In this study, in which type 2 diabetes cases and non-diabetic subjects did not differ in BMI, we found no statistically significant association between the FTO rs9939609 polymorphism and type 2 diabetes when analyzing the population as a whole. This result agrees with some previous studies in which no association with type 2 diabetes was reported [6, 28–30]. However, in other investigations higher type 2 diabetes risk in carriers of the minor allele (obesity-risk allele) has been reported [13–17, 20, 21, 23–29]. Among them there were many studies [1, 23, 27–29], including the first GWAs that detected the association between the FTO rs9939609 polymorphism and obesity risk , in which such association with type 2 diabetes disappears after adjusting for BMI, leading the authors to conclude that as the association between the FTO polymorphism and type 2 diabetes was mediated by BMI, the FTO is a susceptibility locus for obesity, but not for type 2 diabetes. However, in other reports [13–17, 20, 21] the association of the FTO minor allele with type 2 diabetes risk persisted even after adjustment for BMI increasing the evidence that the FTO can also be considered a diabetes-prone gene. However, some of these studies have been criticized for analyzing prevalent cases of type 2 diabetes and for differences of BMI between diabetic and non-diabetic subjects , recommending future case-control studies paired by BMI in order to better examine the independent effects. In the PREDIMED study, we fulfilled this requirement of having no differences in BMI between groups. This is a strength of our study and we were able to better analyze the effects of the FTO on type 2 diabetes more specifically.
Accordingly, the main finding and novelty of our results is that we have found that the association between the FTO rs9939609 polymorphism and type 2 diabetes depends on the diet consumed. Thus, when the dietary pattern departed from the traditional MedDiet (low-adherence to the MedDiet), the FTO rs9939609 was significantly associated with higher type 2 diabetes risk, while a good adherence to the MedDiet blunted this association. This gene-diet interaction was robust regardless of adjustment for BMI. Our results are supported by studies in mice in which a modulation by diet on the association of the fto gene with glucose intolerance has been reported . As far as we know this is the first time that a significant interaction between the FTO rs9939609 and diet in determining type 2 diabetes has been reported in humans. Another study  concomitantly examined the effects of physical activity and caloric intake on the association between the FTO rs8050136 and diabetes in U.S. women, but found no statistically significant interaction. The small number of type 2 diabetes cases in that study  was a limitation.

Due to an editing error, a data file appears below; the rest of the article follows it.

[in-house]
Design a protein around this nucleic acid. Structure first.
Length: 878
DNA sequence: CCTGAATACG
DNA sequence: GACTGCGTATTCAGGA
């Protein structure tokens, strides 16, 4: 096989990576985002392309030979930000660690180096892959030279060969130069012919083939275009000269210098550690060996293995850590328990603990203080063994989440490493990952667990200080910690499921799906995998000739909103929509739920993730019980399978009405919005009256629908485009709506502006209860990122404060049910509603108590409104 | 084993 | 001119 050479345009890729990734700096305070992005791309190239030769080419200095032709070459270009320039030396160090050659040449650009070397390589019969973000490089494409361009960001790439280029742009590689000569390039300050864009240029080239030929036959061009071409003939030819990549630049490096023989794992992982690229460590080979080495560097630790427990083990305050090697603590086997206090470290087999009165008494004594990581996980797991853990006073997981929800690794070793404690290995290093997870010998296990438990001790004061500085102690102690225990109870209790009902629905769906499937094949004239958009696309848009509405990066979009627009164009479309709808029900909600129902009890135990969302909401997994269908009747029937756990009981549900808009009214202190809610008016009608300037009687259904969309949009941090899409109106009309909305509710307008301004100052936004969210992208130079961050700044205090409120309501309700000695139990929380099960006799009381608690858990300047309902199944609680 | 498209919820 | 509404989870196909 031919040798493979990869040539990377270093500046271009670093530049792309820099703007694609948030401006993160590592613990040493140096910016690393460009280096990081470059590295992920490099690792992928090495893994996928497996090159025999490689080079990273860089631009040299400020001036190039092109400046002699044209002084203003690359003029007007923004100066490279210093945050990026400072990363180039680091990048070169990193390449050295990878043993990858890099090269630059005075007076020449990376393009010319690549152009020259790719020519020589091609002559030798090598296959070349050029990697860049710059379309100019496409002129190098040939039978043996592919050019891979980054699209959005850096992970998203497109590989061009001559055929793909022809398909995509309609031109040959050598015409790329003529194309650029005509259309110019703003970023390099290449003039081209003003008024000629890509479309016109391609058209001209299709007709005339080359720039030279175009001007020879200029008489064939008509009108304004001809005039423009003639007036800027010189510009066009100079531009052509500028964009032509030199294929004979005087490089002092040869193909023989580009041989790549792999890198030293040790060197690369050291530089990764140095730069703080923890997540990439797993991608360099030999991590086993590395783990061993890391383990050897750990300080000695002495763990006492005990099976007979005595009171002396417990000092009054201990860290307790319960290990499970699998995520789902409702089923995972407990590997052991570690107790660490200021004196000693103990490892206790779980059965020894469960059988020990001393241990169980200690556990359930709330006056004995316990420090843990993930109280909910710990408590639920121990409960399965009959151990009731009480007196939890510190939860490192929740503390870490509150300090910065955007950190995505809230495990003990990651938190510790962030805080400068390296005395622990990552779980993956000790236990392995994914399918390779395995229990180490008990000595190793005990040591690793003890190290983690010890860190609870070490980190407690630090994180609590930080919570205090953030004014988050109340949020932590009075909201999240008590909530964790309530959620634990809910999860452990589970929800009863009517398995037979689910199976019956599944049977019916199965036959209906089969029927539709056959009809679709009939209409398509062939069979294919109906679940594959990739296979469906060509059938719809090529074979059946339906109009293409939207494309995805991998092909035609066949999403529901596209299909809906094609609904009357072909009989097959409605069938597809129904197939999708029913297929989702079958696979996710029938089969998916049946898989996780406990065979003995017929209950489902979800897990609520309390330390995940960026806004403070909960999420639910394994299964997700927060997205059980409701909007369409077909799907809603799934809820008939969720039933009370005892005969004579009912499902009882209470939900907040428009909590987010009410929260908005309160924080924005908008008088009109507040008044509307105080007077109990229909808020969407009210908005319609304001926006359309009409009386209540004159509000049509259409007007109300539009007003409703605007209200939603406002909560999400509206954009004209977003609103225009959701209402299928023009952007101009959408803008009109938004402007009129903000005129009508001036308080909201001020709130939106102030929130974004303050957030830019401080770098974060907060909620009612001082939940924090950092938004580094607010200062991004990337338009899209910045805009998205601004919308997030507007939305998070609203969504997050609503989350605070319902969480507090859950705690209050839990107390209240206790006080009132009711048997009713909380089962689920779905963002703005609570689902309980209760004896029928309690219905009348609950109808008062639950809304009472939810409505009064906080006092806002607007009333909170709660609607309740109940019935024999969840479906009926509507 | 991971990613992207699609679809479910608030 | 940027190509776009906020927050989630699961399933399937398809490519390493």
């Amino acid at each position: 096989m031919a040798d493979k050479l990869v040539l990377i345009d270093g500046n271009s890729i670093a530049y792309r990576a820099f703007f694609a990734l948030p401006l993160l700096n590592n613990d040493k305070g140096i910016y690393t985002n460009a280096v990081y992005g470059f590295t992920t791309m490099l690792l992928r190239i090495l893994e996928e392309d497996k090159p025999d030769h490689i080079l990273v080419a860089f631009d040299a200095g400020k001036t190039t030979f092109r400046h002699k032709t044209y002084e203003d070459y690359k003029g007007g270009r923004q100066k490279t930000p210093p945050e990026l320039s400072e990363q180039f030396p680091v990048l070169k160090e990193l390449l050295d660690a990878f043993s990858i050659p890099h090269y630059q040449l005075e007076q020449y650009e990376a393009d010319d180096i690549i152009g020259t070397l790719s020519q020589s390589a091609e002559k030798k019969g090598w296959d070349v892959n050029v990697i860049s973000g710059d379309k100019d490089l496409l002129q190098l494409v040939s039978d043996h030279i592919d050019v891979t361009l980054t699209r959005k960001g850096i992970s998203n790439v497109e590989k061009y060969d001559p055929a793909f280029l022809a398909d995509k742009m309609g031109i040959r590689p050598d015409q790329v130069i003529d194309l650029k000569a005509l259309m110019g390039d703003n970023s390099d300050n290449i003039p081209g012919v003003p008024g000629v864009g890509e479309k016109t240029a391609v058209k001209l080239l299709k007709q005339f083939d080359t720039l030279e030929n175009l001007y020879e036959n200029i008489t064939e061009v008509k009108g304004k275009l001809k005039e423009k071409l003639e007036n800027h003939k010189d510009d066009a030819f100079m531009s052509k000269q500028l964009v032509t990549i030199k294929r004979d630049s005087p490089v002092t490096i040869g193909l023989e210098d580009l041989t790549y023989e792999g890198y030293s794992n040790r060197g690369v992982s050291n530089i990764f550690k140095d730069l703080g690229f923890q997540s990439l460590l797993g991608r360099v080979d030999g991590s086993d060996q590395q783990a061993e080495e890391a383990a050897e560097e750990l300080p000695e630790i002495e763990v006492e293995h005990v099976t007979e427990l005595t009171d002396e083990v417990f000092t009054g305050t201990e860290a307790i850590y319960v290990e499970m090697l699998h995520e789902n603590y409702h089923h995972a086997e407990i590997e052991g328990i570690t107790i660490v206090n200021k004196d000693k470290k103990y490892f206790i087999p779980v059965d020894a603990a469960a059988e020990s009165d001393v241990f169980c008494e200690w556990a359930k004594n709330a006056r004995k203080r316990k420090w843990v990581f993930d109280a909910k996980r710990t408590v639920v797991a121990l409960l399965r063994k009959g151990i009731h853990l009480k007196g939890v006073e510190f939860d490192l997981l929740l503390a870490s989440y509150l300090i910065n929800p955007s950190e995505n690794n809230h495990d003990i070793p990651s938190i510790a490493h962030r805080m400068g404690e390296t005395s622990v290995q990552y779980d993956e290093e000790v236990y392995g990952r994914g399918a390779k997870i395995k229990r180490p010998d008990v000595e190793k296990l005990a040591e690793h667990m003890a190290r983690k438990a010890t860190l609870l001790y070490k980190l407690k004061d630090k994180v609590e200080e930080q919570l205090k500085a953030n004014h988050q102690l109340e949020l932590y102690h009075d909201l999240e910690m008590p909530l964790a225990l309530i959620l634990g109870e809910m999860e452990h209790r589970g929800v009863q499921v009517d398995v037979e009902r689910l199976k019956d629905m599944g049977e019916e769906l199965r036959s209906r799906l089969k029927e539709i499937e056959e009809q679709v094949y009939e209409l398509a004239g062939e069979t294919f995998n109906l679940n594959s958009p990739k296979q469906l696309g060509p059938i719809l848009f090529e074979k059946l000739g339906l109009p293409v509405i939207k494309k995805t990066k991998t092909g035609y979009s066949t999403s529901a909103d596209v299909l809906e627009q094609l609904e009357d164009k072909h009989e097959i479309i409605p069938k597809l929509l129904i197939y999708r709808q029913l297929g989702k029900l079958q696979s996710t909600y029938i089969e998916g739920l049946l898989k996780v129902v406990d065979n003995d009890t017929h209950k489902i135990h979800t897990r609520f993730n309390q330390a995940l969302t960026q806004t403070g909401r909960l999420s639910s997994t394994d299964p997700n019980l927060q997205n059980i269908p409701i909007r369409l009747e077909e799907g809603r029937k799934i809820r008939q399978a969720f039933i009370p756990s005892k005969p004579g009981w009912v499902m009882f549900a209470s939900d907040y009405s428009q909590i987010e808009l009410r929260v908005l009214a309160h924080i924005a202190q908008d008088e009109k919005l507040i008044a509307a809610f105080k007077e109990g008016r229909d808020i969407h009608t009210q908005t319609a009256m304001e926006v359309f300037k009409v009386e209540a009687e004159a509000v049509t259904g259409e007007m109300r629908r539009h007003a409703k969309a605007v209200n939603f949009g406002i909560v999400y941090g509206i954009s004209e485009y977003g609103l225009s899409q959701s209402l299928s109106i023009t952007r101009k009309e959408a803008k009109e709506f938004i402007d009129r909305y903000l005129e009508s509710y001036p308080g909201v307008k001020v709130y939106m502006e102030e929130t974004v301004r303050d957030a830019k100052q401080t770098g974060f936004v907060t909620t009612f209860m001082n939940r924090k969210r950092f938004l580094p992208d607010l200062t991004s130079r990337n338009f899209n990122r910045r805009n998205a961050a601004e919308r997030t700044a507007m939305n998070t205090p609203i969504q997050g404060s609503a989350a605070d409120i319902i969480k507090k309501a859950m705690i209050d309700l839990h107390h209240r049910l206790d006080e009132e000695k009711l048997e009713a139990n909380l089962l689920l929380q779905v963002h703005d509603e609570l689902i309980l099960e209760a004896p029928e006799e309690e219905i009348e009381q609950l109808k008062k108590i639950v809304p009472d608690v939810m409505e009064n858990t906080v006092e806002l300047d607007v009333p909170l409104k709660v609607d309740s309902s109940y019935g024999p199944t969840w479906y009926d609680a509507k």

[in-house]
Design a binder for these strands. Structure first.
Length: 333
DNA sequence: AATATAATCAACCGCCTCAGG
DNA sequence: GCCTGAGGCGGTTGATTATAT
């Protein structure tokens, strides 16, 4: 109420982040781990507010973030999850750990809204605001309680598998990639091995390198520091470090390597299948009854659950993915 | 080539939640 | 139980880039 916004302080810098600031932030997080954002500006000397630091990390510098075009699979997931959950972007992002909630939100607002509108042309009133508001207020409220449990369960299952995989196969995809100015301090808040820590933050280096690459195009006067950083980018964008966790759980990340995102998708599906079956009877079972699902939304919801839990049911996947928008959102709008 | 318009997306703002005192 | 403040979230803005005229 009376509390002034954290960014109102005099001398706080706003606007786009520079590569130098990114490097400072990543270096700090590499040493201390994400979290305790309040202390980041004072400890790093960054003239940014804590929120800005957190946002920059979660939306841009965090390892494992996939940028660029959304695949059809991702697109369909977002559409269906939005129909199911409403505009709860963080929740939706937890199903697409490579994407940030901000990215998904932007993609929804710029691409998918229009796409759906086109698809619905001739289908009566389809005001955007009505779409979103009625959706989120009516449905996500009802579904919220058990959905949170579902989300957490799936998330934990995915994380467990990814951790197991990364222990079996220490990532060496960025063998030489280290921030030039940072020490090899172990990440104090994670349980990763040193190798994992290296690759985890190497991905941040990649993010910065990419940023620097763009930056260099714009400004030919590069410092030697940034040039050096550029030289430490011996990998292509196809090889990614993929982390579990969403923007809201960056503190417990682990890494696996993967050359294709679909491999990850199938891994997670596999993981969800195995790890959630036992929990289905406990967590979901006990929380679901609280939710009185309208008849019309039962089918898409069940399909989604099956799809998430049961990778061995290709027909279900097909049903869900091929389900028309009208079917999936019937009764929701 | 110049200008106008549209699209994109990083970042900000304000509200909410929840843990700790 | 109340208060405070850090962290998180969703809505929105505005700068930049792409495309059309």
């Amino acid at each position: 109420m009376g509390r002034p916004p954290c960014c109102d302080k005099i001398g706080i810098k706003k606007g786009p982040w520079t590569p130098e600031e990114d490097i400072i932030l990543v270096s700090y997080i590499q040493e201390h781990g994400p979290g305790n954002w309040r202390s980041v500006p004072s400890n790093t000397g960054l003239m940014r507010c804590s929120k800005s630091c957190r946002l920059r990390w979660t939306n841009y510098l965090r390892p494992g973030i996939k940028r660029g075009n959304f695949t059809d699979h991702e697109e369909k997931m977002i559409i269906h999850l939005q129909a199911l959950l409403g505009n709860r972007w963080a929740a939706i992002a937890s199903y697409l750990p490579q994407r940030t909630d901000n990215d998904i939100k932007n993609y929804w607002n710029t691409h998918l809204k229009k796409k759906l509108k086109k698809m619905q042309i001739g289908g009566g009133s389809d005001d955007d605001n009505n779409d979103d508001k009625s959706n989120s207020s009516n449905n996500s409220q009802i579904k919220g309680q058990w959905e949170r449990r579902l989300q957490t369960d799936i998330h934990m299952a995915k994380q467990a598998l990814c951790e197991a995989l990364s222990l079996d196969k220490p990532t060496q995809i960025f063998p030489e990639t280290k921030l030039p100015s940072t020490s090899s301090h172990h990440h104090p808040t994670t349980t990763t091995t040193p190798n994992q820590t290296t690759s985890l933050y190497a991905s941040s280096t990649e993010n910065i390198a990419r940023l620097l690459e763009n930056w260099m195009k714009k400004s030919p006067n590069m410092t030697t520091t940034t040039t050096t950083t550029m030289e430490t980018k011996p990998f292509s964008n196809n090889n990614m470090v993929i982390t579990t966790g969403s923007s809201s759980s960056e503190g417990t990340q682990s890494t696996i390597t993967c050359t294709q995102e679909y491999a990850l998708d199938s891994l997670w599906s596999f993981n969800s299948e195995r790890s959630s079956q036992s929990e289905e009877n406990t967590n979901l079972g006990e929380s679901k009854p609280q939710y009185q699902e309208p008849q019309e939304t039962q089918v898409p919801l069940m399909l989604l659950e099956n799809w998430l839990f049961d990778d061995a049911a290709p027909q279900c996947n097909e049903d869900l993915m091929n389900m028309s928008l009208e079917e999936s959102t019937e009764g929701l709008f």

There is increasing evidence that the MedDiet protects against type 2 diabetes [36, 37], so it is not surprising that high adherence to this dietary pattern cancels the effects of greater genetic susceptibility to diabetes in FTO risk allele carriers. Such an interaction with diet might help explain the discrepancies in the published studies if those that did not find an association between the FTO rs9939609 polymorphism and diabetes risk [6, 28–30] were enriched in subjects following a diet similar to high adherence to the MedDiet pattern, while studies that detected this association [13–17, 21] dealt with populations with a less healthy dietary pattern, compatible with low adherence to the MedDiet.
One limitation of our study is that we analyzed prevalent cases of type 2 diabetes, as the incidence of diabetes in our cohort is still being compiled. Nevertheless, the dietary pattern of our study subjects was quite stable over time [44, 54] and we did not detect differences in the adherence to the MedDiet depending on the duration of diabetes in this analysis. Similar results of no differences in diet were found in another study in Spain . Thus, diabetes diagnosis did not change significantly the overall adherence to the MedDiet minimizing the reverse causation bias. Moreover, we have observed a similar protective effect of the MedDiet on type 2 diabetes risk when analyzing prevalent or incident type 2 diabetes cases in sub-samples of the PREDIMED study [37, 54]. Likewise, in a Scandinavian population , the FTO rs9939609 was associated with both prevalent type 2 diabetes (OR 1.13; P<0.001) and the risk of developing incident type 2 diabetes (OR 1.16; P<0.001) having comparable results. Thus, although it is necessary to investigate the effect of the interaction between the level of adherence to the MedDiet and the FTO rs9939609 on incident type 2 diabetes cases in future studies, it is foreseeable that the results would be similar.